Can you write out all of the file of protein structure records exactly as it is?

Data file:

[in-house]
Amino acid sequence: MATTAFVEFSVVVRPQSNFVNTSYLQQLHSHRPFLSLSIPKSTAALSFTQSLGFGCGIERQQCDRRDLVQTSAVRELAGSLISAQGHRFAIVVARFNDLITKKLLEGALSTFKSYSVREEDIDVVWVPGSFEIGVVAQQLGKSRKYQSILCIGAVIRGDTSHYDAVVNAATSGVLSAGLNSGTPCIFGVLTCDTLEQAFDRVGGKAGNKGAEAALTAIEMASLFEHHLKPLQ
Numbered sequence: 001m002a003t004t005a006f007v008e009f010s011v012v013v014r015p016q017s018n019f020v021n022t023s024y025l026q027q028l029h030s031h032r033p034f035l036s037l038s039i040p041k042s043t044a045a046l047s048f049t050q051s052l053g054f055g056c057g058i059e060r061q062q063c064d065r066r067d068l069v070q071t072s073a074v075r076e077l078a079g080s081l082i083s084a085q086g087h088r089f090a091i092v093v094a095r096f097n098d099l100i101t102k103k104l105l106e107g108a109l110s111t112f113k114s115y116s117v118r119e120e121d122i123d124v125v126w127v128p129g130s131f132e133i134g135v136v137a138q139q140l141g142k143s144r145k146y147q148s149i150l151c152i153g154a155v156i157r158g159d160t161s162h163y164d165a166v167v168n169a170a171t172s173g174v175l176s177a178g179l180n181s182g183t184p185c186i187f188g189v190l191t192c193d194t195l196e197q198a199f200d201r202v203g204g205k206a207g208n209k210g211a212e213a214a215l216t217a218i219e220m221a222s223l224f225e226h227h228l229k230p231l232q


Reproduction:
[in-house]
Amino acid sequence: MATTAFVEFSVVVRPQSNFVNTSYLQQLHSHRPFLSLSIPKSTAALSFTQSLGFGCGIERQQCDRRDLVQTSAVRELAGSLISAQGHRFAIVVARFNDLITKKLLEGALSTFKSYSVREEDIDVVWVPGSFEIGVVAQQLGKSRKYQSILCIGAVIRGDTSHYDAVVNAATSGVLSAGLNSGTPCIFGVLTCDTLEQAFDRVGGKAGNKGAEAALTAIEMASLFEHHLKPLQ
Numbered sequence: 001m002a003t004t005a006f007v008e009f010s011v012v013v014r015p016q017s018n019f020v021n022t023s024y025l026q027q028l029h030s031h032r033p034f035l036s037l038s039i040p041k042s043t044a045a046l047s048f049t050q051s052l053g054f055g056c057g058i059e060r061q062q063c064d065r066r067d068l069v070q071t072s073a074v075r076e077l078a079g080s081l082i083s084a085q086g087h088r089f090a091i092v093v094a095r096f097n098d099l100i101t102k103k104l105l106e107g108a109l110s111t112f113k114s115y116s117v118r119e120e121d122i123d124v125v126w127v128p129g130s131f132e133i134g135v136v137a138q139q140l141g142k143s144r145k146y147q148s149i150l151c152i153g154a155v156i157r158g159d160t161s162h163y164d165a166v167v168n169a170a171t172s173g174v175l176s177a178g179l180n181s182g183t184p185c186i187f188g189v190l191t192c193d194t195l196e197q198a199f200d201r202v203g204g205k206a207g208n209k210g211a212e213a214a215l216t217a218i219e220m221a222s223l224f225e226h227h228l229k230p231l232q